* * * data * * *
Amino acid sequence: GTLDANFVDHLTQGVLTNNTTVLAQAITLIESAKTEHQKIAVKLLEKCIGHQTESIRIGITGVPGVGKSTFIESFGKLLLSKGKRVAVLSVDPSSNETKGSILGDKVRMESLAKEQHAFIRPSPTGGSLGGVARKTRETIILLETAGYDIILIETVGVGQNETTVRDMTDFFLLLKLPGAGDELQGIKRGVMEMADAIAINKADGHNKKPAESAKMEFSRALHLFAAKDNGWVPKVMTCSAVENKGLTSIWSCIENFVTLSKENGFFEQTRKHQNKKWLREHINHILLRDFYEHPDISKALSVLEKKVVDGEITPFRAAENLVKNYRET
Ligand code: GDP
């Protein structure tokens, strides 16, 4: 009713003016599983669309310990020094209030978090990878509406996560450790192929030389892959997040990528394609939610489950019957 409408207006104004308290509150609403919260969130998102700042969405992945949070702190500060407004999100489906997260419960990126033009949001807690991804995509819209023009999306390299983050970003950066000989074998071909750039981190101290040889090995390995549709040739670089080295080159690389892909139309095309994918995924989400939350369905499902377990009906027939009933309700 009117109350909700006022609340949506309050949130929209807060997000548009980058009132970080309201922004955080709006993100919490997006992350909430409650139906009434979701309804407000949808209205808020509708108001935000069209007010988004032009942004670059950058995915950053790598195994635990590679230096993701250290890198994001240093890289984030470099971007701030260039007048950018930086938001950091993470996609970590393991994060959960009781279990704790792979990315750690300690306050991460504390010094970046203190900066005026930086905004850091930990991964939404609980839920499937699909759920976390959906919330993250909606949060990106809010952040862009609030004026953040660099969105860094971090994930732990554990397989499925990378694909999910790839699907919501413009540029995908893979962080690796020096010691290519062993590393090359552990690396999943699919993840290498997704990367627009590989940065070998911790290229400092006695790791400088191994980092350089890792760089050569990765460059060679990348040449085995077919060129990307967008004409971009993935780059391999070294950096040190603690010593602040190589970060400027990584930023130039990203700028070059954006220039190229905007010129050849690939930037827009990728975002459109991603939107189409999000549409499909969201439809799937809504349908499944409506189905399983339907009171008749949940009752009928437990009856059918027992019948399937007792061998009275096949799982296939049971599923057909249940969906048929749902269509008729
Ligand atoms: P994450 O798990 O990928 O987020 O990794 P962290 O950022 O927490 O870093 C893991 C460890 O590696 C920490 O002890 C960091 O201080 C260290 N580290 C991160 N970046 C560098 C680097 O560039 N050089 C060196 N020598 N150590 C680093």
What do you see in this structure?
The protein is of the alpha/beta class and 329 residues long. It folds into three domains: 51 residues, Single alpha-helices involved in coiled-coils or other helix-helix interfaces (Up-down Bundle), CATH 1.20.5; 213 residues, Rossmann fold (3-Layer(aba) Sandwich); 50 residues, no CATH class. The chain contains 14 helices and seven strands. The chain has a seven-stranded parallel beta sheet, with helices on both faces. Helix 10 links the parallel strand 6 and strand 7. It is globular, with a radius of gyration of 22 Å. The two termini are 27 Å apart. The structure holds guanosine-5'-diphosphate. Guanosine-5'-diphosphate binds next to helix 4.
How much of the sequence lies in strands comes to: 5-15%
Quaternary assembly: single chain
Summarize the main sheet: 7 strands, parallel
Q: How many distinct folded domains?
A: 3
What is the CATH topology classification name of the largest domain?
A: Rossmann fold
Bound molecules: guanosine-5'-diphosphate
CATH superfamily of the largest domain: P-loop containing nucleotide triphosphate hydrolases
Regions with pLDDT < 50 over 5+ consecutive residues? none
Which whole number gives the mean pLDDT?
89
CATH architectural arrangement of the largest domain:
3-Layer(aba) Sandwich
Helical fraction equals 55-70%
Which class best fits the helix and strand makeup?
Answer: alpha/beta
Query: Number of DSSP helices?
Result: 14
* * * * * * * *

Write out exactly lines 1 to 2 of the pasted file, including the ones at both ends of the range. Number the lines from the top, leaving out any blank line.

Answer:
Amino acid sequence: GTLDANFVDHLTQGVLTNNTTVLAQAITLIESAKTEHQKIAVKLLEKCIGHQTESIRIGITGVPGVGKSTFIESFGKLLLSKGKRVAVLSVDPSSNETKGSILGDKVRMESLAKEQHAFIRPSPTGGSLGGVARKTRETIILLETAGYDIILIETVGVGQNETTVRDMTDFFLLLKLPGAGDELQGIKRGVMEMADAIAINKADGHNKKPAESAKMEFSRALHLFAAKDNGWVPKVMTCSAVENKGLTSIWSCIENFVTLSKENGFFEQTRKHQNKKWLREHINHILLRDFYEHPDISKALSVLEKKVVDGEITPFRAAENLVKNYRET
Ligand code: GDP